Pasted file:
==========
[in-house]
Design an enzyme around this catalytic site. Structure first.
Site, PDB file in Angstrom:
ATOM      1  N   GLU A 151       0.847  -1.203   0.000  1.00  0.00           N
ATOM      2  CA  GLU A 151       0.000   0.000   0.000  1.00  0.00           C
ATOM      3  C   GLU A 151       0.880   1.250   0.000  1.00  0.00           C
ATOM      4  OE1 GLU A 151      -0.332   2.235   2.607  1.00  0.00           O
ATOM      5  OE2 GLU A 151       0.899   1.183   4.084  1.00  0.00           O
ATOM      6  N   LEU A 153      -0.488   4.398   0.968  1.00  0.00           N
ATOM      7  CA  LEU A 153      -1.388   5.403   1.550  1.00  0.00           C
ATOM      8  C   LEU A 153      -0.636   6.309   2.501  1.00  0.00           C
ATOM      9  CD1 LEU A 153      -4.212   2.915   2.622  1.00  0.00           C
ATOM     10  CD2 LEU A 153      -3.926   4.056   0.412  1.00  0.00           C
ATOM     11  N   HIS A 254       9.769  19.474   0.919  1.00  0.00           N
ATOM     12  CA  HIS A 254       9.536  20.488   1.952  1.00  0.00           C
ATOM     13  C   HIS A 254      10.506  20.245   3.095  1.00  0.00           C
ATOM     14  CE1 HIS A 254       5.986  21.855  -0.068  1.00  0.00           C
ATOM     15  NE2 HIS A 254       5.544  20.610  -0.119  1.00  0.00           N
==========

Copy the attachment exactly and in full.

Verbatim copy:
[in-house]
Design an enzyme around this catalytic site. Structure first.
Site, PDB file in Angstrom:
ATOM      1  N   GLU A 151       0.847  -1.203   0.000  1.00  0.00           N
ATOM      2  CA  GLU A 151       0.000   0.000   0.000  1.00  0.00           C
ATOM      3  C   GLU A 151       0.880   1.250   0.000  1.00  0.00           C
ATOM      4  OE1 GLU A 151      -0.332   2.235   2.607  1.00  0.00           O
ATOM      5  OE2 GLU A 151       0.899   1.183   4.084  1.00  0.00           O
ATOM      6  N   LEU A 153      -0.488   4.398   0.968  1.00  0.00           N
ATOM      7  CA  LEU A 153      -1.388   5.403   1.550  1.00  0.00           C
ATOM      8  C   LEU A 153      -0.636   6.309   2.501  1.00  0.00           C
ATOM      9  CD1 LEU A 153      -4.212   2.915   2.622  1.00  0.00           C
ATOM     10  CD2 LEU A 153      -3.926   4.056   0.412  1.00  0.00           C
ATOM     11  N   HIS A 254       9.769  19.474   0.919  1.00  0.00           N
ATOM     12  CA  HIS A 254       9.536  20.488   1.952  1.00  0.00           C
ATOM     13  C   HIS A 254      10.506  20.245   3.095  1.00  0.00           C
ATOM     14  CE1 HIS A 254       5.986  21.855  -0.068  1.00  0.00           C
ATOM     15  NE2 HIS A 254       5.544  20.610  -0.119  1.00  0.00           N